The life of the Tharu – the “people of the forest”

It is the first national park that was established in Nepal: Since 1973 the Chitwan National Park has been the sanctuary of 68 different mammals – including the famous Bengal tiger. The population of endangered animals rose from 25 at that time to 110 today: a unique success that proves the effectiveness of large-scale protection zones. The park was declared a UNESCO World Heritage Site in 1984.

LIFE LIKE IN THE JUNGLE BOOK
But in addition to the unique nature of the jungle landscape and many other exotic animals such as wild rhinos, crocodiles, monkeys and wild elephants, hundreds of thousands of people also live in the 953 km² area, which is now one of the largest tourist attractions in Nepal. Above all, Back to Life supports the schooling of children from disadvantaged ethnic minorities.

The first people who managed to survive in the malaria areas of Chitwan at that time were the Tharu, also known as “people of the forest”. They are an indigenous people who still cultivate land today mainly in northern India and southern Nepal and make up around 7% of the Nepalese population. The Tharu became famous for their special resistance to the rampant malaria fever. Research has shown that the Tharu seem to be up to 7 times more resistant to this infectious disease than other ethnic groups. This observation has not yet been fully researched, but it is largely assumed that this resistance is genetic and not based on particular living and eating habits.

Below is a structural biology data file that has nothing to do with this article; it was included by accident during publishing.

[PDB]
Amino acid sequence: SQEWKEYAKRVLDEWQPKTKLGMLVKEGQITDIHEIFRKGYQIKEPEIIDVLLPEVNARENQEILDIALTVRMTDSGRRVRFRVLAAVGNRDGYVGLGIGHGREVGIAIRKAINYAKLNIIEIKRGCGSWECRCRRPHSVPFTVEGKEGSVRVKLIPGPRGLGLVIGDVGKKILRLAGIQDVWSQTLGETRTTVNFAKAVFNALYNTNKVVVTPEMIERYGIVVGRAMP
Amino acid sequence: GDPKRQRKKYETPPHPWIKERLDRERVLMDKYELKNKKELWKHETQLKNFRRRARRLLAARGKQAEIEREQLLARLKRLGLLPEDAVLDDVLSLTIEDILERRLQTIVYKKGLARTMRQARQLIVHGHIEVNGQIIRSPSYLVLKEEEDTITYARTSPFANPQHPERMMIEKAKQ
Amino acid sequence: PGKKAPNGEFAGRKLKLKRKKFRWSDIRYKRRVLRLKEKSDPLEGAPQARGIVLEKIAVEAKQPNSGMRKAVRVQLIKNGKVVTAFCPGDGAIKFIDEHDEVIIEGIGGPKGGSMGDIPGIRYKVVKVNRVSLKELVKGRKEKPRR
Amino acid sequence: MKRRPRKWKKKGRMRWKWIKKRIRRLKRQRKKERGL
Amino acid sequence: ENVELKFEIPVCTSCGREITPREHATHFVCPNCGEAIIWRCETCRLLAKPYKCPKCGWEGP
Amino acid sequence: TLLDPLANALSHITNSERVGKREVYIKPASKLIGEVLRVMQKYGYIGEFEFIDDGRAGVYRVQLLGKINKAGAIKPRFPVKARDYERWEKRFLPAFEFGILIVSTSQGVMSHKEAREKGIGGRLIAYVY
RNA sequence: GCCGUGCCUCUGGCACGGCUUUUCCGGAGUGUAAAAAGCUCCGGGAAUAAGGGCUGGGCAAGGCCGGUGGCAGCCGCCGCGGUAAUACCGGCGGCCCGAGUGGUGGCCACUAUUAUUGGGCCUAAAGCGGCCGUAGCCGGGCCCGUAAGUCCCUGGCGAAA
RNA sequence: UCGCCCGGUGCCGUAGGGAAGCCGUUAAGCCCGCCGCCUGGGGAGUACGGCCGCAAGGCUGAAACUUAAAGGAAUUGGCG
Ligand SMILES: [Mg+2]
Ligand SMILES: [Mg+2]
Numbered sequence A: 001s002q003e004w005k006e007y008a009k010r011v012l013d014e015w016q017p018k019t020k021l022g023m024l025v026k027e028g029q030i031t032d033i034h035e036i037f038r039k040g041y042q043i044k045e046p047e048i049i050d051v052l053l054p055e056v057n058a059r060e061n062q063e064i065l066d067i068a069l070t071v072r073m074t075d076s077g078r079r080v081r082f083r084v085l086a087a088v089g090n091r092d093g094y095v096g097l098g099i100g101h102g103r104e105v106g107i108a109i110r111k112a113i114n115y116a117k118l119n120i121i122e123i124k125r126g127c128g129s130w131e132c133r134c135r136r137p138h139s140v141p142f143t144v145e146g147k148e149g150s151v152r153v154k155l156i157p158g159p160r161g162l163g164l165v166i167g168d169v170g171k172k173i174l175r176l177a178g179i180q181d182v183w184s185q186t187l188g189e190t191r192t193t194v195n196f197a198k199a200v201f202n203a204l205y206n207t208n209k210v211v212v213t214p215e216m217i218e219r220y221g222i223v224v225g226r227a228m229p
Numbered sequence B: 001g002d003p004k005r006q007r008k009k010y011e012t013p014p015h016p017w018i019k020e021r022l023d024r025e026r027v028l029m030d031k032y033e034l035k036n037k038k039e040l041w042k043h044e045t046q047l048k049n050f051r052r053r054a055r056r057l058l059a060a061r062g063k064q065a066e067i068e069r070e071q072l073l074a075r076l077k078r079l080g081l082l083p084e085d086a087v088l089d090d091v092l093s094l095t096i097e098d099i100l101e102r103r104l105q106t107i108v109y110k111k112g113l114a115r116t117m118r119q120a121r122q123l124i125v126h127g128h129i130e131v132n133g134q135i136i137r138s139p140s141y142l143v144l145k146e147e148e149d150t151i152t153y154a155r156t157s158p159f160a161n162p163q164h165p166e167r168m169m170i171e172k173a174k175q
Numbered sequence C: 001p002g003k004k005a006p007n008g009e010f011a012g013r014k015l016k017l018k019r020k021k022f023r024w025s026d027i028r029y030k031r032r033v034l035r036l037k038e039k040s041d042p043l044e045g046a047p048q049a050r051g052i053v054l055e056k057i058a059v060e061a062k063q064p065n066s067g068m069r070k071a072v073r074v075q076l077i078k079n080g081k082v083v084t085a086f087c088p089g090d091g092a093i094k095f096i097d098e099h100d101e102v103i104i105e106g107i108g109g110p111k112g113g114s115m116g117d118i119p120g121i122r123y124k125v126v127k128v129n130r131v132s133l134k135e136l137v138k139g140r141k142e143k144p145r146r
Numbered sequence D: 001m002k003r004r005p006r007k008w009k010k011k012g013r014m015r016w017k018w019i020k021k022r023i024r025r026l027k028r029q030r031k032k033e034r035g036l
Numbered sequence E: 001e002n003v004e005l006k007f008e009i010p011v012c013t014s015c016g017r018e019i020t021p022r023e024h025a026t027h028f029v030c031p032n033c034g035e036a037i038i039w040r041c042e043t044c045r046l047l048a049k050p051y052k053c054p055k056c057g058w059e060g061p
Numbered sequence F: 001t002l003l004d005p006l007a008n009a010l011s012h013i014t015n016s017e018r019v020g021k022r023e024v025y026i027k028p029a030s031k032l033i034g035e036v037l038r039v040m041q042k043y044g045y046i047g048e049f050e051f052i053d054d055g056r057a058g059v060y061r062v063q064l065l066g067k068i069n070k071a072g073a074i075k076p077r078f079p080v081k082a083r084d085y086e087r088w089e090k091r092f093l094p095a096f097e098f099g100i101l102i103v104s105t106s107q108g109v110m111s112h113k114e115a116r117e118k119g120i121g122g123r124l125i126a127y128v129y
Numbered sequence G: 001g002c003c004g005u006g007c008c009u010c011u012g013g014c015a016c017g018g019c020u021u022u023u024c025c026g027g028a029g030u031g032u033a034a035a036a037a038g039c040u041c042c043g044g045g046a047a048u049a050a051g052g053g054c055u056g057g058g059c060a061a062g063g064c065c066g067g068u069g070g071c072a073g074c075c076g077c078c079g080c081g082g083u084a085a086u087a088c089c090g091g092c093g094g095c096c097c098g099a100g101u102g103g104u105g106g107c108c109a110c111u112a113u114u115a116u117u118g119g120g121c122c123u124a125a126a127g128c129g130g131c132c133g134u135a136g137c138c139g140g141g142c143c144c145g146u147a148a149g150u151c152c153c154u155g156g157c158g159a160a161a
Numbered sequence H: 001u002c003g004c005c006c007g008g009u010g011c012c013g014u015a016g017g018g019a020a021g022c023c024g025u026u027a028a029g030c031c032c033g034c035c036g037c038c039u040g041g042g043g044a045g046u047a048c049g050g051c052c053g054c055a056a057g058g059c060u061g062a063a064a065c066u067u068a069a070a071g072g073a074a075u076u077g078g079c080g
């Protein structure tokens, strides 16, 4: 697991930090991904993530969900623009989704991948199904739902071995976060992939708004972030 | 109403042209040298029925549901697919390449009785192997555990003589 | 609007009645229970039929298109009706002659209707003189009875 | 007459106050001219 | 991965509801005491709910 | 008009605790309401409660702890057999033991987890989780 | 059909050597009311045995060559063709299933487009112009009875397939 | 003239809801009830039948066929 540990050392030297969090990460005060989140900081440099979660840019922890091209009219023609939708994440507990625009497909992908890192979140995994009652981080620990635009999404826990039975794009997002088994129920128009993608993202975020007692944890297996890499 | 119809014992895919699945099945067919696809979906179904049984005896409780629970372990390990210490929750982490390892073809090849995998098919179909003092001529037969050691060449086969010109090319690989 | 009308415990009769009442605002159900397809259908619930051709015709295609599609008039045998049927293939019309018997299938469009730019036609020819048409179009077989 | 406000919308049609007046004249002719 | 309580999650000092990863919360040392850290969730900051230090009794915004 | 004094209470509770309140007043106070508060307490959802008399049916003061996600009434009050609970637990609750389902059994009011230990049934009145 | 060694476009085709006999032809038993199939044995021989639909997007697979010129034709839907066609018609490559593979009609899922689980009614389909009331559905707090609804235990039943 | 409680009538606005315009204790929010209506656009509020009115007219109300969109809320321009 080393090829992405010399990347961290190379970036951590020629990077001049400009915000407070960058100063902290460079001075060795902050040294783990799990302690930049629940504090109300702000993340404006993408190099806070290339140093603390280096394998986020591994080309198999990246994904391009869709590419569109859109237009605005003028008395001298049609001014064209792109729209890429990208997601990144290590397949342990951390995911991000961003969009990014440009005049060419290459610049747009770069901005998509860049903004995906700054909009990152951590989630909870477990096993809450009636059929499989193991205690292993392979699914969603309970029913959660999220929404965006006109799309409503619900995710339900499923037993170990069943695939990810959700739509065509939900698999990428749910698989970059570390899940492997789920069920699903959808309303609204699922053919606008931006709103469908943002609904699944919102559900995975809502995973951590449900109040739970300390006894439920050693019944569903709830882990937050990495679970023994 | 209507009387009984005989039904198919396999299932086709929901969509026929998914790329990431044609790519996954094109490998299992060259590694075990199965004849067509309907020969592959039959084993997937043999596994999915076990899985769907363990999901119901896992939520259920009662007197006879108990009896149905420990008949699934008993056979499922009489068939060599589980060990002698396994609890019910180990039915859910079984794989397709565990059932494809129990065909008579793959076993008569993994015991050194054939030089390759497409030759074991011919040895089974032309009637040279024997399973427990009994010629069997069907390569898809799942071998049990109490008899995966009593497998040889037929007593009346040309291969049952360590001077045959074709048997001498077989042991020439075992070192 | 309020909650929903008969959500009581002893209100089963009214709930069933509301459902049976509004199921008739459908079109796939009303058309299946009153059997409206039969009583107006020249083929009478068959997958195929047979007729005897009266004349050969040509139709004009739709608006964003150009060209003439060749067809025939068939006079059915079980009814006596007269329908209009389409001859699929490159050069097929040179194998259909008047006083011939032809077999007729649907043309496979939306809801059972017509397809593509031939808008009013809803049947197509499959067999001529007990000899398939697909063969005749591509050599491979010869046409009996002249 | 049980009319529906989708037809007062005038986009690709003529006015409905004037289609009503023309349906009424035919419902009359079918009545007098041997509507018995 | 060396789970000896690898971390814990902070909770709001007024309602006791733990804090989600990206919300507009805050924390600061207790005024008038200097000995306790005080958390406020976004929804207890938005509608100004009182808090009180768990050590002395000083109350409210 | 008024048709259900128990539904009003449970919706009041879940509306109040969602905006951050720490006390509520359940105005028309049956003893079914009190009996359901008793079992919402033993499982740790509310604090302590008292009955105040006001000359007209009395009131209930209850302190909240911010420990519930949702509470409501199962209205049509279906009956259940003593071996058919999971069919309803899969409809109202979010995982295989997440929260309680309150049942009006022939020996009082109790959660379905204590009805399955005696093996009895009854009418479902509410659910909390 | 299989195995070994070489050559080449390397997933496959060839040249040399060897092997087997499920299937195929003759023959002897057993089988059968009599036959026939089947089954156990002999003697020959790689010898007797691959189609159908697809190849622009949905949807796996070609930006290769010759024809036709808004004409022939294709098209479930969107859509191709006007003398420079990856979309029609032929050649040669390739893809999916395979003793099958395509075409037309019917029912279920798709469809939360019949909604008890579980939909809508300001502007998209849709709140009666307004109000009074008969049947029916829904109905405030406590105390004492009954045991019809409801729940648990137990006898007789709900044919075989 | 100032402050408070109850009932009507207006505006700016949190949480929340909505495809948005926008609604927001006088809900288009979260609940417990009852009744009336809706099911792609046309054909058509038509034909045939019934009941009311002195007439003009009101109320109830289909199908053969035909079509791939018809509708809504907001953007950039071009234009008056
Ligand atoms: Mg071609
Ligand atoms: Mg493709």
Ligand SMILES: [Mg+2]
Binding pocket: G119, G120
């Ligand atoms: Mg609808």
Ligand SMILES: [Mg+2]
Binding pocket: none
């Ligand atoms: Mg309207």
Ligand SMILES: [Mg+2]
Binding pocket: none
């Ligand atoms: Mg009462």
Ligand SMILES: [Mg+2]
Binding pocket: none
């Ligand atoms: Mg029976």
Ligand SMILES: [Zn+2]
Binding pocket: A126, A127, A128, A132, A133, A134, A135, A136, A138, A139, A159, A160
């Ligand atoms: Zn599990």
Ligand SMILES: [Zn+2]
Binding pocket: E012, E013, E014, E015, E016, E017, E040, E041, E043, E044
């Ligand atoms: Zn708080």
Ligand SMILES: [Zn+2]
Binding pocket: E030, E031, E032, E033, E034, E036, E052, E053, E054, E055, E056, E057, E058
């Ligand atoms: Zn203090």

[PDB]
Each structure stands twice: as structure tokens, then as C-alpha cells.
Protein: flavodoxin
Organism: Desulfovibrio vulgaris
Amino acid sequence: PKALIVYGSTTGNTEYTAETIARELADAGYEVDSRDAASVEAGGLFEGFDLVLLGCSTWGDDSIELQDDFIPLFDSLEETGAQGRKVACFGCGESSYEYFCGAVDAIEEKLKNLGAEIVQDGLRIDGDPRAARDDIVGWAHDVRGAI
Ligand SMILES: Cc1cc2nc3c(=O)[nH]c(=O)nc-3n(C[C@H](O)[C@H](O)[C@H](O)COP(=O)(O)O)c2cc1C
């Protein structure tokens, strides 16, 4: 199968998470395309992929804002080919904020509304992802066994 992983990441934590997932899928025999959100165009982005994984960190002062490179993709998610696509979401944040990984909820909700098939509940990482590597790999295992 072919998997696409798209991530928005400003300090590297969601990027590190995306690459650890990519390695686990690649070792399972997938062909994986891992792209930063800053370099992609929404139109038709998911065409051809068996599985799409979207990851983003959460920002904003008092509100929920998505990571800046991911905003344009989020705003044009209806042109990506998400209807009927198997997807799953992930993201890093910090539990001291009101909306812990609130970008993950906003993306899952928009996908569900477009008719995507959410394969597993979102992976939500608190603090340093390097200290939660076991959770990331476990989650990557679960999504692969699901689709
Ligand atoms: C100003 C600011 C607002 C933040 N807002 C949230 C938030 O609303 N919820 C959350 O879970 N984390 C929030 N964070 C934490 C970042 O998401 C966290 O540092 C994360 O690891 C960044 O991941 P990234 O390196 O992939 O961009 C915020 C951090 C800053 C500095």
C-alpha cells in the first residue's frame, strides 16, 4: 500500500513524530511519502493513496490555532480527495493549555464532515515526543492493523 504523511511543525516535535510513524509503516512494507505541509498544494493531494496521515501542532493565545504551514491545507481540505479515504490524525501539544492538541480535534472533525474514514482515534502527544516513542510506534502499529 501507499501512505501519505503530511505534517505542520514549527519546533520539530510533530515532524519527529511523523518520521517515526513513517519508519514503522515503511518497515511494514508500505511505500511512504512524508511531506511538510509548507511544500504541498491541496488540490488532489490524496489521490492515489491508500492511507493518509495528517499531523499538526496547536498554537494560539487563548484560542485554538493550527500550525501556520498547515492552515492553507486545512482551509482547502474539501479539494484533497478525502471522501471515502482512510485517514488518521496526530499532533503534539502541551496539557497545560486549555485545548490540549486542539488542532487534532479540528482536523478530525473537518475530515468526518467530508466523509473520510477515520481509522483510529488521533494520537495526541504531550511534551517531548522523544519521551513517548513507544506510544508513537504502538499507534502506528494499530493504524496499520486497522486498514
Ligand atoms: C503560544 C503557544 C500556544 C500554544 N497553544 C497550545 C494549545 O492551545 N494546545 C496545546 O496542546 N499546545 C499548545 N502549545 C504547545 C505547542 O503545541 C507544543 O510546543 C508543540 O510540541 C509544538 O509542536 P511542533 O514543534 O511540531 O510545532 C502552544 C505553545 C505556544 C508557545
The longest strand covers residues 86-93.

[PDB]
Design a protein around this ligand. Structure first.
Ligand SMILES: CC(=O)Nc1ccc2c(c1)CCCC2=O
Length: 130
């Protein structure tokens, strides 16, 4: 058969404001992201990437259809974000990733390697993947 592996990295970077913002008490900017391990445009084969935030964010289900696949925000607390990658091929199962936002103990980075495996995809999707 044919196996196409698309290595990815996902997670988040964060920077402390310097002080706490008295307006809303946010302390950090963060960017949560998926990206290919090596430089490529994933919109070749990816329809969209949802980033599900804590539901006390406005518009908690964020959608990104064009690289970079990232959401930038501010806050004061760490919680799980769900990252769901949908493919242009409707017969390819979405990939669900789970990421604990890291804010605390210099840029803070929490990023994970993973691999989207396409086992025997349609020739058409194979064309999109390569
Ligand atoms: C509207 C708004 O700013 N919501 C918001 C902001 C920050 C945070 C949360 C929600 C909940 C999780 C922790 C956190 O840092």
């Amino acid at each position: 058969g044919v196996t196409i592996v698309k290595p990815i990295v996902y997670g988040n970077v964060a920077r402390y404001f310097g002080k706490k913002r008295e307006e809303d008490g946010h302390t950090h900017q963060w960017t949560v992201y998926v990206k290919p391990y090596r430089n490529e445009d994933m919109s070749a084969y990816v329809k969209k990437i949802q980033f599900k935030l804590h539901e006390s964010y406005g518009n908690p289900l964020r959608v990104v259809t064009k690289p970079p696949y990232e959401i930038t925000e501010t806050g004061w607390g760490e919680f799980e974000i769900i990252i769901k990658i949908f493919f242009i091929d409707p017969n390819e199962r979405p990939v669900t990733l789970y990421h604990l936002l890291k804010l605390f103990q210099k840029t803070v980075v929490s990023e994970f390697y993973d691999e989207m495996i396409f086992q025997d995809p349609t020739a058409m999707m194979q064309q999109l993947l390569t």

DRIVEN FROM THE FOREST INTO POVERTY
Because of this peculiarity, the Tharu were able to live self-sufficient in Chitwan for a long time and maintain their traditional culture. But with the use of the insecticide DDT, which was later classified as toxic, malaria was almost eradicated in Nepal in the 1950s and 1960s. More and more people of other ethnicities then pushed into the tropical Chitwan to gradually divide the fertile land among themselves. As a result, more and more Tharu lost their ancestral land. What resulted was bitter wage bondage among the new landlords. Only rarely in Chitwan, but especially in the further western plains of Nepal, was the forced labor of the children of indebted Tharu families by landowners. A so-called “Kamaiya” usually had to live under the worst conditions and even endure abuse.

What all Tharus have in common is the preservation of their own culture and identity. To this day, they maintain traditions that symbolize their extremely close connection with nature.

Cultural corner

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